“So what,” my friend concluded, “people die all the time for things they believe. Sometimes they even go out of their way to become a martyr. That doesn’t prove anything about their beliefs. It just means they’re crazy.” We had been discussing why the first apostles were willing to die rather than renounce the claims they were making, and I could see that my friend still wasn’t seeing the point I was making.
“There’s a difference, though, that you seem to be refusing to acknowledge,” I started. “Sure there are people who are willing to sacrifice their lives because they fervently believe something. But the apostles weren’t talking about beliefs. They were talking about things they had witnessed. If they were lying, you’d have to ask yourself why they would persist in making something up that was known to them to be false, and that was getting them nothing but pain and persecution. That would be like me insisting that God told me to plunder your house. I know he really didn’t, and I know that my telling you this isn’t going to change your view about me taking your stuff, so why would I do it? There’s nothing to be gained.”
“But there is,” he rejoined. “You said yourself that Christianity has changed the world and I agree that much of the change was good. Love your brother, be kind to your enemies, help the poor, all that kind of stuff. Maybe these early Christians wanted to lift up humanity, take it to the next level of development – moral development anyway. Maybe they were willing to die for the sake of a noble lie.” I’d heard variations on that theme before, and it never ceased to amaze me how unpersuasive such a view was. I hoped that drilling down a bit into what he was suggesting might better focus the issue.
“If I understand you correctly, you think the first disciples of Jesus knew that he hadn’t really risen from the dead. They made all that stuff up because they thought he had been a wise man and they liked where his views would take the culture. Is that about right?”
He nodded, so I asked him whether he recognized the problems inherent in such an assumption. He didn’t. I tried to summarize them.
“First,” I said, “I would want to know what profit they saw in that. The Jews of that period had a strong religious tradition and many of these men were well-trained in it. Paul, for instance, was a very learned man. They were expecting a conquering Messiah, not a victim, and they already had a functioning society and a moral structure in place. They could not have foreseen the impact Christianity would have on future generations, and many of them did not themselves appreciate the full impact of the changes that would occur. For instance, though Christians eventually worked to abolish slavery, the earliest disciples didn’t seek to make such far reaching changes. Second, the disciples went about this ‘noble lie’ in pretty peculiar way, including a lot of things that would make their message difficult, if not impossible, to accept. Remember that the disciples are being persecuted for their beliefs. The Romans would have accepted one extra God; the problem was that the disciples were saying that there was one, and only one, God and that they could not accept others. Why would they do that? They could still teach brotherly love without antagonizing the Romans. Also, why would they include what seemed to be barbaric requirements, such as having Jesus say that his followers must eat his body and drink his blood. Why all the promise of suffering that would come from being a follower? These were deal breakers for many of those who heard it. Why would they start a movement by trying to alienate their listeners?”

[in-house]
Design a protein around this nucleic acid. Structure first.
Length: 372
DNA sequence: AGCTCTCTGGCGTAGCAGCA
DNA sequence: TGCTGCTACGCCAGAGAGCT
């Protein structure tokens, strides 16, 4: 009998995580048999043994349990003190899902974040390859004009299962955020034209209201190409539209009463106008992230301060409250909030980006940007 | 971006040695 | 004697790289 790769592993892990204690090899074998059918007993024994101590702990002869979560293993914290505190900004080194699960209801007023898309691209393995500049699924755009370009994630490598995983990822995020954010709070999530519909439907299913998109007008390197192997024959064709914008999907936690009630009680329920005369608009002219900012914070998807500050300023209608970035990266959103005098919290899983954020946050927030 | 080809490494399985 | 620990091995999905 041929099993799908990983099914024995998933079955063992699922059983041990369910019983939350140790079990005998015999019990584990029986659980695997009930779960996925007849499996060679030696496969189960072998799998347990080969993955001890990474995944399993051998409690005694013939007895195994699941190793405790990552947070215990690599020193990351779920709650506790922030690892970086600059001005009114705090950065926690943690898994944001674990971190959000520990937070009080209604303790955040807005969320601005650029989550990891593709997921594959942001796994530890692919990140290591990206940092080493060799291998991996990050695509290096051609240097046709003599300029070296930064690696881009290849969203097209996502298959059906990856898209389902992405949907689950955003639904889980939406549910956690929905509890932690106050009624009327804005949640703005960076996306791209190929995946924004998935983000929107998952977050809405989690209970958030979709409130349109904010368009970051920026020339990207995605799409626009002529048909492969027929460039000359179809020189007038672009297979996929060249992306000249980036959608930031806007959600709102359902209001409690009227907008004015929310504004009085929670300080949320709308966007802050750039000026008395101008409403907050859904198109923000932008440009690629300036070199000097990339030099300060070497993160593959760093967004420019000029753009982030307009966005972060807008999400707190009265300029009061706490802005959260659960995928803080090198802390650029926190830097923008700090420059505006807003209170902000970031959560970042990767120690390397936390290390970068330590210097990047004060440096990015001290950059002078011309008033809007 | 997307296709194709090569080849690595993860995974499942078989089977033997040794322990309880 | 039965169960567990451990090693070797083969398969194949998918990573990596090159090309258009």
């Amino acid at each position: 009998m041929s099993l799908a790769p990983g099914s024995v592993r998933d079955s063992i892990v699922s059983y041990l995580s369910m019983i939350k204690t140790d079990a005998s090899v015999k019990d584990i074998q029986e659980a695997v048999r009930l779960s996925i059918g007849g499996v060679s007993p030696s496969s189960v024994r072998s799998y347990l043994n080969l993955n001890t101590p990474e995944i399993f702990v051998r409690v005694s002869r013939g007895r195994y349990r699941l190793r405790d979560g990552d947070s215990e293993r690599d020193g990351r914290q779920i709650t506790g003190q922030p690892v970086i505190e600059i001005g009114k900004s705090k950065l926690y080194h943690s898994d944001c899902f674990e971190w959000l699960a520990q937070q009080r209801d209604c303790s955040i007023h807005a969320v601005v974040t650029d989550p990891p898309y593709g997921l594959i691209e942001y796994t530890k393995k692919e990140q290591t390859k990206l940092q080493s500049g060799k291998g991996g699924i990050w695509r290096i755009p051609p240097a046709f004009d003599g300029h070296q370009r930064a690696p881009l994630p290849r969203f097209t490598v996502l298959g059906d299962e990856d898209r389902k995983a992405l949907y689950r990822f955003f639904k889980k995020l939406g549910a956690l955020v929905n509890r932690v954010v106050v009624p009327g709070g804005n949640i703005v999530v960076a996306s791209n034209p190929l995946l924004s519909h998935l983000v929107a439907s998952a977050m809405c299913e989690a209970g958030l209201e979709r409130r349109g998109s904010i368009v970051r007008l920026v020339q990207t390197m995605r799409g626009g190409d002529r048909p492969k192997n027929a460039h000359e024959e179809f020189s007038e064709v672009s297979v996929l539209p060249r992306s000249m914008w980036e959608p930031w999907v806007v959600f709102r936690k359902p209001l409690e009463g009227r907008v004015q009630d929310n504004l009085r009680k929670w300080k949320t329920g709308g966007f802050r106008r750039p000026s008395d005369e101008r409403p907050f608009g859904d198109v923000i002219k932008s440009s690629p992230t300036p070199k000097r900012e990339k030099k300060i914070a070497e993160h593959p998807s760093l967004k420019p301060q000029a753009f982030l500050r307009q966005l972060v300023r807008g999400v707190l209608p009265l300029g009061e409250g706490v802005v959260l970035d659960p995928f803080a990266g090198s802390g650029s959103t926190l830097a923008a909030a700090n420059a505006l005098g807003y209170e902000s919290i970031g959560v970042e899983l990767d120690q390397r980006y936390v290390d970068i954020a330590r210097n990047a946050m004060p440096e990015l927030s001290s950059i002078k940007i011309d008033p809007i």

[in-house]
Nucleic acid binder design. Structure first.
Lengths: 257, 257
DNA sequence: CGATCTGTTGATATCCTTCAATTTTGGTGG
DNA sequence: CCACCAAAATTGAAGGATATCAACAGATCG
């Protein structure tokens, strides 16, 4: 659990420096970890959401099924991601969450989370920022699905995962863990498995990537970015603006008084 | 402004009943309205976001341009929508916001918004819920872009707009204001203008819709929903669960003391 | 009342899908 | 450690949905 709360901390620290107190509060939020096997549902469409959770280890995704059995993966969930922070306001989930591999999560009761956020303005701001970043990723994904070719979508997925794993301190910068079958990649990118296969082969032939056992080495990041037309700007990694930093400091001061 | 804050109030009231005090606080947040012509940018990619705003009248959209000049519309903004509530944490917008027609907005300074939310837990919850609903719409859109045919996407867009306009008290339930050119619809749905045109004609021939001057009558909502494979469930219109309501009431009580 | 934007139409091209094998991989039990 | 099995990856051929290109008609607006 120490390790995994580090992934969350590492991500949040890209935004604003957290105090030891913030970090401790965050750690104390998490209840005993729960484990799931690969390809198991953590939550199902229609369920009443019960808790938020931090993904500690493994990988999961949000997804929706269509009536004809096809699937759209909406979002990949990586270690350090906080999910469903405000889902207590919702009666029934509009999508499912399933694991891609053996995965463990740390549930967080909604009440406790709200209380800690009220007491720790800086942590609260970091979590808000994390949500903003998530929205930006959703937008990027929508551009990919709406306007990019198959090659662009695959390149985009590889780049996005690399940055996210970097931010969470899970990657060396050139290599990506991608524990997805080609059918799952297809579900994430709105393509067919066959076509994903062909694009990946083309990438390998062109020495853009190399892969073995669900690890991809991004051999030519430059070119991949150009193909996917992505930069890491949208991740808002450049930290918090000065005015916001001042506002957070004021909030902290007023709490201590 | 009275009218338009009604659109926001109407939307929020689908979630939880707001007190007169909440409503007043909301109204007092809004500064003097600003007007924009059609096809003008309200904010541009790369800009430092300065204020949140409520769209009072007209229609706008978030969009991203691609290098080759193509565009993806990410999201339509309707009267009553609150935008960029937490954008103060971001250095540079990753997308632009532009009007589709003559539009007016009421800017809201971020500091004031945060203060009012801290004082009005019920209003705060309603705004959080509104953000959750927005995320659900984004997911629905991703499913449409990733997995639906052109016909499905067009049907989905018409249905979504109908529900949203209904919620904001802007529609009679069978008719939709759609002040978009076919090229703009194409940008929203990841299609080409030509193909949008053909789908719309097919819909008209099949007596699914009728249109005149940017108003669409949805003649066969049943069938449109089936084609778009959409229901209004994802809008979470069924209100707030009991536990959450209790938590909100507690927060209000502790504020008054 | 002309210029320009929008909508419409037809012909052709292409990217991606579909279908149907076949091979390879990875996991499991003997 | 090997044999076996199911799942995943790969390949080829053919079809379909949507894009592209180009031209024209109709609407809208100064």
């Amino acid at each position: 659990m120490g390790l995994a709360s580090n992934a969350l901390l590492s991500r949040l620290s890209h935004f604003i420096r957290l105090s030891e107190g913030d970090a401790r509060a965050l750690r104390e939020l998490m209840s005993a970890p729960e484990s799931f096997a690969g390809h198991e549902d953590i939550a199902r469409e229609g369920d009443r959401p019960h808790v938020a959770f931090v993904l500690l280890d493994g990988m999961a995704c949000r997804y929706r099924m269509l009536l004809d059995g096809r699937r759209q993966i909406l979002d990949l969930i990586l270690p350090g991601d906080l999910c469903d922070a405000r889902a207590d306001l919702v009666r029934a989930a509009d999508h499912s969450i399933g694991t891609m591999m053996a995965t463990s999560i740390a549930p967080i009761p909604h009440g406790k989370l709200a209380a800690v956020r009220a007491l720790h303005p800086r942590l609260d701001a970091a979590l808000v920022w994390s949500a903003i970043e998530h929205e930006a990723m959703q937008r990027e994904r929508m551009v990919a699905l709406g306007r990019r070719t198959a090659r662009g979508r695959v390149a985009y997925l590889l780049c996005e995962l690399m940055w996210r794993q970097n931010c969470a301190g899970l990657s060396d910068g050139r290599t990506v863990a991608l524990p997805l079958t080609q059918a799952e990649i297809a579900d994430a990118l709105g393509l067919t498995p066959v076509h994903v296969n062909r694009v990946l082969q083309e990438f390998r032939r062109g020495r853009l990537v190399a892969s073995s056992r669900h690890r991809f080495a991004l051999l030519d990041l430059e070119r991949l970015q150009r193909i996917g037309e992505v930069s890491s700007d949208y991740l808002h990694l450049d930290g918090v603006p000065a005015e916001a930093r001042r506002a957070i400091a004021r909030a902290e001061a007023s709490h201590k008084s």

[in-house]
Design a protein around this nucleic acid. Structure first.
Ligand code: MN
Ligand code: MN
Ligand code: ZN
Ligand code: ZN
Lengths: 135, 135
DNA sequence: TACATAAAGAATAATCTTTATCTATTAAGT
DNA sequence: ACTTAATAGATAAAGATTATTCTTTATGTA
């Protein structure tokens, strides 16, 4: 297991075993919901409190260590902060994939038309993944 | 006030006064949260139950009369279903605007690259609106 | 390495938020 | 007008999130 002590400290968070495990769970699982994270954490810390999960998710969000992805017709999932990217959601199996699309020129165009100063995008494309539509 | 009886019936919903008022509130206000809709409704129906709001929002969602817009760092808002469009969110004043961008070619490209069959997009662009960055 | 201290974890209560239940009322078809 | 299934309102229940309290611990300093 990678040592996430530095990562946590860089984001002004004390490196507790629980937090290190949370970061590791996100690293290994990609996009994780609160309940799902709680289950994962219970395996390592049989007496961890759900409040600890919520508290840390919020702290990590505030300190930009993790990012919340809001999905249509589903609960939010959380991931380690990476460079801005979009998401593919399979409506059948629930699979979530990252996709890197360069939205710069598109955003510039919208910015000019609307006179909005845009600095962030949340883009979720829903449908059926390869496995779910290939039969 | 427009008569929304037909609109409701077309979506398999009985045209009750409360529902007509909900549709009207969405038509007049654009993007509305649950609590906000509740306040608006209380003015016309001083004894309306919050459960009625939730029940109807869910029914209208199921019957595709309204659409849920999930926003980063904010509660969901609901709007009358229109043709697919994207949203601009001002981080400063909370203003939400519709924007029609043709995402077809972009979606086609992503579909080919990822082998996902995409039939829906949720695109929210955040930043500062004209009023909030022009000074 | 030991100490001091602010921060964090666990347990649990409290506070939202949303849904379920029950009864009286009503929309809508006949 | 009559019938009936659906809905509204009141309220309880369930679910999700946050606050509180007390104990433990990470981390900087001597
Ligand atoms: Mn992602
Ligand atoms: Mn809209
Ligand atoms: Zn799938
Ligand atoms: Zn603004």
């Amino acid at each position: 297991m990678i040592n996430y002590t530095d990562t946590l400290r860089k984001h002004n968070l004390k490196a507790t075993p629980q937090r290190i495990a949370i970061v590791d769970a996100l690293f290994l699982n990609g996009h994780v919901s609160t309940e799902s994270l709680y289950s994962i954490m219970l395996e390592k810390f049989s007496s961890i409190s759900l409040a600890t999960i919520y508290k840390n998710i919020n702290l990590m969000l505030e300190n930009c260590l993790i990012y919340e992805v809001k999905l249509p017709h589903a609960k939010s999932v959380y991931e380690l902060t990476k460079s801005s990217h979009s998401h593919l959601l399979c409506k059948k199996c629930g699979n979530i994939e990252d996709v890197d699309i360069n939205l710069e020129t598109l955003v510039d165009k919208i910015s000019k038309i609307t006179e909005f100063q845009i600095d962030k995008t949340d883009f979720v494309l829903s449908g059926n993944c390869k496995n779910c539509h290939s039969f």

He didn’t say anything, so I continued. “Third, remember what the disciples were actually claiming – one, that their Lord thought he was actually God. This would make him a lunatic, when you think about it, so it would be hard to square that with the ‘come listen to what my wise friend just taught me about achieving the good life’ message. Two, they also claimed that he visited them after he died and showed them his physical, resurrected body. Why not simply say that Jesus rose spiritually? That way, if the Romans produced the body, they could continue with their claim. Why not say that their teacher had many wise sayings that people should follow, but that sadly he died and remained dead? This is what you would expect if they simply wanted to start a movement. But no, what they said was that they had actually witnessed these things. And whatever it was they witnessed, it certainly transformed them-from cowards hiding in a room to bold evangelists willing to put everything on the line for what they thought was true. On your theory, they are making all this up for no gain. Rather than getting rich or famous, it’s getting them killed.”
I summed up. “I think you’re being influenced by what we today call the ‘prosperity gospel’ – follow Christianity and you will be healthy, wealthy and happy. Quite the contrary was true for the early church. There were predictions from the beginning that following Jesus would be difficult and that it could result in hardship and division of families. So, when you really think about it, it’s simply not the kind of message that would bring hope to humanity – hope in the sense of the ‘noble lie’ – unless one condition were indeed true — that the underlying message they were preaching was actually true. In other words, the only basis for hope in the minds of the disciples wasn’t in the here and now but in the life to come. They were convinced that our eternal destiny depended on accepting Jesus as lord and savior. Consequently, they were willing to suffer here, and encourage others to withstand suffering, because they were convinced that what happens next is more important that any earthly suffering.”
In the end, I don’t think I persuaded him. But hopefully it gave him something more noble to think about.
Posted by Al Serrato